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How Mike Chanenchuk has been fooling goalies with his unique shooting style

By Adam Lamberti | Dec 11, 2023

Maryland Whipsnakes midfielder Mike Chanenchuk has one of the most unique shooting releases in the league.

It looks like his windup is in slow-motion. He hides his hands behind his head and body for as long as possible, then whips the ball through with so much velocity with excellent torque and wrist strength.

When you look at where Chanenchuk attended high school, it makes more sense how he developed his shot. Attending Saint Anthony’s on Long Island, Chanenchuk played alongside many high-level players, including Utah Archers midfielder Tom Schreiber and Maryland Whipsnakes teammate Will Manny, who both are excellent shooters and have deceptive and snappy releases as well.

“When you think of the three of us and our Saint Anthony's background, I always do think of Coach Schreiber, you know, talking about snapping your wrists, snapping your wrists, snapping your wrists. And that's what he talked about nonstop,” Chanenchuk said.

While Chanenchuk was already a highly touted recruit and shooter in high school, it took an injury for his shot to really jump to the next level during college.

“From Saint Anthony’s into my college career, I actually had stress fractures in my back; I did it three times,” Chanenchuk said. “I just kind of had to figure out a new way to shoot without putting as much stress on my lower back. I think I developed more wrist strength and tried to use more deception by keeping my hands behind my body as long as possible rather than some of the guys who have super big wind-ups.”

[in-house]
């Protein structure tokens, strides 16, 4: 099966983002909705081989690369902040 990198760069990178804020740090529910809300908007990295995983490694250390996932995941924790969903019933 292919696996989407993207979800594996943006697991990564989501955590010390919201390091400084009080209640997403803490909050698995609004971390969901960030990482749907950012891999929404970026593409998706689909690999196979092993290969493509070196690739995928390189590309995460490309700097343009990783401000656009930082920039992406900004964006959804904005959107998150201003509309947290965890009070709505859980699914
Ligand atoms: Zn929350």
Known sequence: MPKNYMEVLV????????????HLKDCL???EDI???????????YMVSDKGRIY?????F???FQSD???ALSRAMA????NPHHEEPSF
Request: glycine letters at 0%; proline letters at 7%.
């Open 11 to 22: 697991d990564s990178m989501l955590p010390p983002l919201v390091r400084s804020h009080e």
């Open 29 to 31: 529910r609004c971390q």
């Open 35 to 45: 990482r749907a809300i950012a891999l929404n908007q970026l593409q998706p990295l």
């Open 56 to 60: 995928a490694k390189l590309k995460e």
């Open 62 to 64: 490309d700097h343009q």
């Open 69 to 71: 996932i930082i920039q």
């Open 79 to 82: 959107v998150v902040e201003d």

Chanenchuk’s teammate and Maryland Whipsnakes goalie Kyle Bernlohr, who played with Chanenchuk for three years at Maryland as well, says Chanenchuk’s shot still impresses him everytime he sees it. 

“He’s been identical since college, his same release has been identical; if anything he's gotten stronger and he's able to just flip his wrist a little more,” Bernlohr said. “When he was an upperclassman, I was an underclassman, so I was a scout team goalie and stayed after practice any time those older guys wanted shots. So I got to see his shot a million times in college and I feel like over college and pro, it's still impossible to track.”

Chanenchuk has no wasted movement in his windup and shot release, which is why it catches goalies off guard most of the time.

“He doesn't twist the way normal shooters do,” Bernlohr said. “Even his down the alley shot as well, a lot of guys you can anticipate when it’s coming just because their bodies and their heads turn to the outside. But with him, his chest and his body, everything stays kind of downhill, which is really weird, you know?”

Perhaps the most impressive thing about Chanenchuk’s shot is that he keeps his release identical regardless of high or low shot location; Bernlohr noted Chanenchuk is one of the only players he has to take an ‘educated guess’ of where it’s going.

This past season, Chanenchuk had one of his best shooting seasons yet at 33, culminating in a 2nd Team All-Pro nod.

“Every year you kind of think his shots are going to be a little bit different, a little bit weaker,” Bernlohr said. “It feels like it keeps on getting better. He certainly, over the past ten years, is the best shooter I've ever seen.”